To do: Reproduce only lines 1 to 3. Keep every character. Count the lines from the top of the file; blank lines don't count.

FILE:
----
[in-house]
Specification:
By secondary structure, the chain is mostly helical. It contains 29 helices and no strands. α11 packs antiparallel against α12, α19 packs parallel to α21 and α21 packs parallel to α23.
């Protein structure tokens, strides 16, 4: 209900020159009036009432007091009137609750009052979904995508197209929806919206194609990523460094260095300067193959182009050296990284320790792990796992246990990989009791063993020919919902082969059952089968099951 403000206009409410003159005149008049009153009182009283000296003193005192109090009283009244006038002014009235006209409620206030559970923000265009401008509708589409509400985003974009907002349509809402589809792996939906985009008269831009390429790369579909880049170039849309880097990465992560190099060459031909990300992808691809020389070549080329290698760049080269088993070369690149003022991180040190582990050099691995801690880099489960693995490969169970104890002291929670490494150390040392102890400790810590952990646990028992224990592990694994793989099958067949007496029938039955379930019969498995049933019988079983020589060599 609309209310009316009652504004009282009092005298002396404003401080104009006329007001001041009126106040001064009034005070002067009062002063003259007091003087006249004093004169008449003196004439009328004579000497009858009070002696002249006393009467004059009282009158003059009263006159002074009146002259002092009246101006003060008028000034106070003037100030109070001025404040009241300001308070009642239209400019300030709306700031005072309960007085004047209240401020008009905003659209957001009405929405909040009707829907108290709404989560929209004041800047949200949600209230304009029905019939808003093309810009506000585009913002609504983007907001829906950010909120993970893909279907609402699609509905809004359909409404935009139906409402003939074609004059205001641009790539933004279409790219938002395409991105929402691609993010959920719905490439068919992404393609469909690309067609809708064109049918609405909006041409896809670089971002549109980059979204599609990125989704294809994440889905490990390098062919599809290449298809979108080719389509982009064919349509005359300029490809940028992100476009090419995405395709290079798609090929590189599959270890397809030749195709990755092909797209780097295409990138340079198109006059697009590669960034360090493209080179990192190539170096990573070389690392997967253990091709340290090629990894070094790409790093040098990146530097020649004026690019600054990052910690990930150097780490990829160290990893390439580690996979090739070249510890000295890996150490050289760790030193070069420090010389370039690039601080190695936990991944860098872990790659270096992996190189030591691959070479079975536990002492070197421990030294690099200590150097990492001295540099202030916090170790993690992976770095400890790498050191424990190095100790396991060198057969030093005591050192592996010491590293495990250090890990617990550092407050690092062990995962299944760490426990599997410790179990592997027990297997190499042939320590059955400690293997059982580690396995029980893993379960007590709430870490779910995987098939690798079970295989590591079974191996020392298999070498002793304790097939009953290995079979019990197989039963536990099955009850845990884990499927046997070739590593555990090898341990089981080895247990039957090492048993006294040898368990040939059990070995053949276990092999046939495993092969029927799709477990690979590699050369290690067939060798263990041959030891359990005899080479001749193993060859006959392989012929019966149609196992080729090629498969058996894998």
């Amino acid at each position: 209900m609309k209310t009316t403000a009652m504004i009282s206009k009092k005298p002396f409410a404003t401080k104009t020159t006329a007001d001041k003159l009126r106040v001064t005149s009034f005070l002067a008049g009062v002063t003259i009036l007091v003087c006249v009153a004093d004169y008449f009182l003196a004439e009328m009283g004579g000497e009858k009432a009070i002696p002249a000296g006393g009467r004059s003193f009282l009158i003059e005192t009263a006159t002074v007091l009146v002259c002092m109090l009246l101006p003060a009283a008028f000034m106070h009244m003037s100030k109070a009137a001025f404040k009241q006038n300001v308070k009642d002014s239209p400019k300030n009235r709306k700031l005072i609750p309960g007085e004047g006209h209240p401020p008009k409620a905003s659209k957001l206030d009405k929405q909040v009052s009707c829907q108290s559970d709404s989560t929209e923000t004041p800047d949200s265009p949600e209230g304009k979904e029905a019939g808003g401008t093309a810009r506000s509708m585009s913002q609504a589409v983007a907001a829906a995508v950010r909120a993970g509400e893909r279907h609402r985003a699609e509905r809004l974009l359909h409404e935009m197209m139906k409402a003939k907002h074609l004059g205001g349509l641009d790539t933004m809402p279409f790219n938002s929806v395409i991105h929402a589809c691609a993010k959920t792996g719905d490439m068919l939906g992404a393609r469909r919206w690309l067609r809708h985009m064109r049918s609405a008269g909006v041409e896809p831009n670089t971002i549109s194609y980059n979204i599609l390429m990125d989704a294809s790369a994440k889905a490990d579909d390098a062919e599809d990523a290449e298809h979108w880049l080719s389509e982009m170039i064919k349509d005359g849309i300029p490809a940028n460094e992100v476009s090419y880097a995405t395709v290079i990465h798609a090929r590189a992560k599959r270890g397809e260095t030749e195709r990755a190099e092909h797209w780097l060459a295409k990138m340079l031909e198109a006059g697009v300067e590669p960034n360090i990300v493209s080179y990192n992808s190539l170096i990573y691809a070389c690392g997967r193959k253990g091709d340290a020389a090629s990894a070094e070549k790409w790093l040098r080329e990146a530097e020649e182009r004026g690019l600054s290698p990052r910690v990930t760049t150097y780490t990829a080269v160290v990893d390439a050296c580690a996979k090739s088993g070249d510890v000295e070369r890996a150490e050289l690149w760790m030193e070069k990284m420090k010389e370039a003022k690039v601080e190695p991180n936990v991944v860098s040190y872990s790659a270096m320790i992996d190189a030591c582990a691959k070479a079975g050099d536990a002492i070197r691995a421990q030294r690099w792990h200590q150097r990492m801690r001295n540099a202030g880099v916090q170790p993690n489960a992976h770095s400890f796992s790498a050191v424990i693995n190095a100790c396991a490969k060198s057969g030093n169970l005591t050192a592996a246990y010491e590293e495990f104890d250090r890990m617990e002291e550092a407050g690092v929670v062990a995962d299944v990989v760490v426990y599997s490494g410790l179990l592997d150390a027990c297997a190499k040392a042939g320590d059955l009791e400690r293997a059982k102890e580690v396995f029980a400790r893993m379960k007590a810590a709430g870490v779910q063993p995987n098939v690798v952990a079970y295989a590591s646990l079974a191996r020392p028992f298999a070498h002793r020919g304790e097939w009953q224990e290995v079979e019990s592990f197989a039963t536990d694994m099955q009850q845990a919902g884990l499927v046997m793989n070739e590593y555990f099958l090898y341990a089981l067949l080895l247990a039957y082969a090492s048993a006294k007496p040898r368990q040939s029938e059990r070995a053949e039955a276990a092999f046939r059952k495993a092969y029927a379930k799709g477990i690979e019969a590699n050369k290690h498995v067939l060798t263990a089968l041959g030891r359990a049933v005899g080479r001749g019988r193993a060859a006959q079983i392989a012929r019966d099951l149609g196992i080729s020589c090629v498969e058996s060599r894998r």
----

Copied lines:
[in-house]
Specification:
By secondary structure, the chain is mostly helical. It contains 29 helices and no strands. α11 packs antiparallel against α12, α19 packs parallel to α21 and α21 packs parallel to α23.